Professor Julie Schaaff, Lecturer in the School of Nursing & Health Studies, M.S. in Exercise Physiology, believes mind-body exercises like Pilates and Yoga have numerous physical and emotional benefits as well. “Pilates contributes to improved coordination, posture and balance, enhanced flexibility and posture and can also reduce pain-especially within the lower back.”

Pilates is great for stress relief. It can reduce stress by concentrating on breathing techniques and movement which help you to stay focused. Breathing is one of the most important aspects of Pilates. “Breathing through a challenging pose helps us to learn to stay calm in other stressful situations,” explains Schaaff.

It’s true, a deep breath that begins down in the diaphragm can impact significantly on stress and should therefore be used in any stressful situation. Actually taking the time to stop and inhale/exhale deeply gives the body and mind a brief moment of self-awareness. Too often students become so caught up in a task that we forget to experience time in the present moment. Recognizing how busy we are, and correcting it with a prolonged breath, is a positive response that will balance stress levels. Pilates can teach you how to breathe correctly and is known as “diaphragmatic breathing,” according to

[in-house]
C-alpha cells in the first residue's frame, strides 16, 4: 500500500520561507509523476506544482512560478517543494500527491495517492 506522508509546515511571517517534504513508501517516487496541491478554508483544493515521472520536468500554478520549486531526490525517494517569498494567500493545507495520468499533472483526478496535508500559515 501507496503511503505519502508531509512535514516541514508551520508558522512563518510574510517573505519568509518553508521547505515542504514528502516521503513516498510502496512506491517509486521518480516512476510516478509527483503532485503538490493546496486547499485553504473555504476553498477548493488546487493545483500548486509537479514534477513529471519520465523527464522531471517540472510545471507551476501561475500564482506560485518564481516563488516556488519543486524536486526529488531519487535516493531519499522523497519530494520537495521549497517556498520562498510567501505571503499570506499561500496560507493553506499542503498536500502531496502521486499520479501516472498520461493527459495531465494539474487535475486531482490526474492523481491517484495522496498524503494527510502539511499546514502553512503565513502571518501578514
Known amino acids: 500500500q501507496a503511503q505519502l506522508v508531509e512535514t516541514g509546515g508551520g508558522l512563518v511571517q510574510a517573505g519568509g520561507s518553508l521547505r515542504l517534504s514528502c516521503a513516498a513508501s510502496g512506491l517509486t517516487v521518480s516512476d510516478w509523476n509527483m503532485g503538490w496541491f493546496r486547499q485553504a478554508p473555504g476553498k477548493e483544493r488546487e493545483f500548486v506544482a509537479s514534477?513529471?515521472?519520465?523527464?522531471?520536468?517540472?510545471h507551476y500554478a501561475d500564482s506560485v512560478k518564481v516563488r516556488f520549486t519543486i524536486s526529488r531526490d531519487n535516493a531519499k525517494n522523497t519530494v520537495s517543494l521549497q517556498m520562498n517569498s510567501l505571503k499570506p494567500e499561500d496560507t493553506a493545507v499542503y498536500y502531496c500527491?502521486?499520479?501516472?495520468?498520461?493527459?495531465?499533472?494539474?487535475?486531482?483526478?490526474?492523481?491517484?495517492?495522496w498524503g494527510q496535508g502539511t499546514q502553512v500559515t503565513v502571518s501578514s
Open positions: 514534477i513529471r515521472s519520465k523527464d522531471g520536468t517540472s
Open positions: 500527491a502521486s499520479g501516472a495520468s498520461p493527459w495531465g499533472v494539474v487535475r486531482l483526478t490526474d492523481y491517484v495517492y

Mind and body exercises remind us to pay attention to what we are feeling inside of our body- our breathing, thoughts and feelings, so that we can learn to develop contentment which in turn can lead to living a more fulfilling stress free way of life.

According to US News, Pilates techniques will help you achieve an overall mindfulness and attention to the here and now. Being in complete control of your movement will mean that you’ll enhance your quality of life and ultimately reduce stress.

Instead of performing exercises in autopilot, you’ll be mindful of every action that is being carried out within your body and a state of complete awareness can be achieved. Once your Pilates class is over, you’ll be left with a sensation of calm and feel completely energized.

The best part is that Pilates is easy to start. There is a plethora of books, tutorials and videos to help get you started. On campus, students can check out the Yoga Club and even register for a 1.0 credit Physical Education Yoga, Pilates, or Tai Chi class. What can be better than earning credits while making an effort to become healthier?

If you practice Pilates regularly, it will change your body. According to the Weill Cornell Medical College, “Pilates is known for creating long, strong muscles and a leaner look; Pilates improves muscle tone, balances musculature, supports beautiful posture, and teaches you to move with ease and grace.” All of these aspects will make you look and feel fit.

Making the choice to engage in a physical education class such as Pilates is an enormous stress reliever and can also boost self-esteem. When you feel better, that radiates, and you look better as a result.